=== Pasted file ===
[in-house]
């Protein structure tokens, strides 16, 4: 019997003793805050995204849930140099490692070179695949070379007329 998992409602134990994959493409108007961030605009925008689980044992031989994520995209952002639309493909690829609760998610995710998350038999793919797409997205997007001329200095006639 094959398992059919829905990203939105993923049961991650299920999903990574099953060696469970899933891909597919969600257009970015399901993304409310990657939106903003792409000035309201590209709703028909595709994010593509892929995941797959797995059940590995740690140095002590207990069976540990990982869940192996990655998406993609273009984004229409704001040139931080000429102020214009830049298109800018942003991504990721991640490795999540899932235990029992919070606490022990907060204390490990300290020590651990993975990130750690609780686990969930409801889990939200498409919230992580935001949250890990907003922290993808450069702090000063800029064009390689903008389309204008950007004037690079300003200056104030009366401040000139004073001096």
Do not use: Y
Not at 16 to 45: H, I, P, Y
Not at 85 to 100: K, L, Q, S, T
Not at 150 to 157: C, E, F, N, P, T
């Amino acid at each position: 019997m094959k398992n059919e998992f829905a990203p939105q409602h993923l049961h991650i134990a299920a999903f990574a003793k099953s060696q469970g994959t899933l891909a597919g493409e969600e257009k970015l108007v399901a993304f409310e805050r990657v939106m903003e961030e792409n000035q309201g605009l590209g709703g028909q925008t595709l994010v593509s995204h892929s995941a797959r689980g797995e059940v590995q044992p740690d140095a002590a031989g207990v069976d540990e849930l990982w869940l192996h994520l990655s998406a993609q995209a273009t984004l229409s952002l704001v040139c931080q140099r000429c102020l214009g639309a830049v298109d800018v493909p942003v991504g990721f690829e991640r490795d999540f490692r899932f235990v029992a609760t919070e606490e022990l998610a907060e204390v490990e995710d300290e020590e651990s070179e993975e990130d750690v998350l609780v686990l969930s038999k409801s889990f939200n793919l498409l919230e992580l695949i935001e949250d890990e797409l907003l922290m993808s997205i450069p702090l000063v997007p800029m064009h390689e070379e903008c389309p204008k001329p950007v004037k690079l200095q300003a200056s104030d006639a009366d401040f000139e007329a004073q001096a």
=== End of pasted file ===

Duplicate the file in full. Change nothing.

[in-house]
């Protein structure tokens, strides 16, 4: 019997003793805050995204849930140099490692070179695949070379007329 998992409602134990994959493409108007961030605009925008689980044992031989994520995209952002639309493909690829609760998610995710998350038999793919797409997205997007001329200095006639 094959398992059919829905990203939105993923049961991650299920999903990574099953060696469970899933891909597919969600257009970015399901993304409310990657939106903003792409000035309201590209709703028909595709994010593509892929995941797959797995059940590995740690140095002590207990069976540990990982869940192996990655998406993609273009984004229409704001040139931080000429102020214009830049298109800018942003991504990721991640490795999540899932235990029992919070606490022990907060204390490990300290020590651990993975990130750690609780686990969930409801889990939200498409919230992580935001949250890990907003922290993808450069702090000063800029064009390689903008389309204008950007004037690079300003200056104030009366401040000139004073001096």
Do not use: Y
Not at 16 to 45: H, I, P, Y
Not at 85 to 100: K, L, Q, S, T
Not at 150 to 157: C, E, F, N, P, T
């Amino acid at each position: 019997m094959k398992n059919e998992f829905a990203p939105q409602h993923l049961h991650i134990a299920a999903f990574a003793k099953s060696q469970g994959t899933l891909a597919g493409e969600e257009k970015l108007v399901a993304f409310e805050r990657v939106m903003e961030e792409n000035q309201g605009l590209g709703g028909q925008t595709l994010v593509s995204h892929s995941a797959r689980g797995e059940v590995q044992p740690d140095a002590a031989g207990v069976d540990e849930l990982w869940l192996h994520l990655s998406a993609q995209a273009t984004l229409s952002l704001v040139c931080q140099r000429c102020l214009g639309a830049v298109d800018v493909p942003v991504g990721f690829e991640r490795d999540f490692r899932f235990v029992a609760t919070e606490e022990l998610a907060e204390v490990e995710d300290e020590e651990s070179e993975e990130d750690v998350l609780v686990l969930s038999k409801s889990f939200n793919l498409l919230e992580l695949i935001e949250d890990e797409l907003l922290m993808s997205i450069p702090l000063v997007p800029m064009h390689e070379e903008c389309p204008k001329p950007v004037k690079l200095q300003a200056s104030d006639a009366d401040f000139e007329a004073q001096a």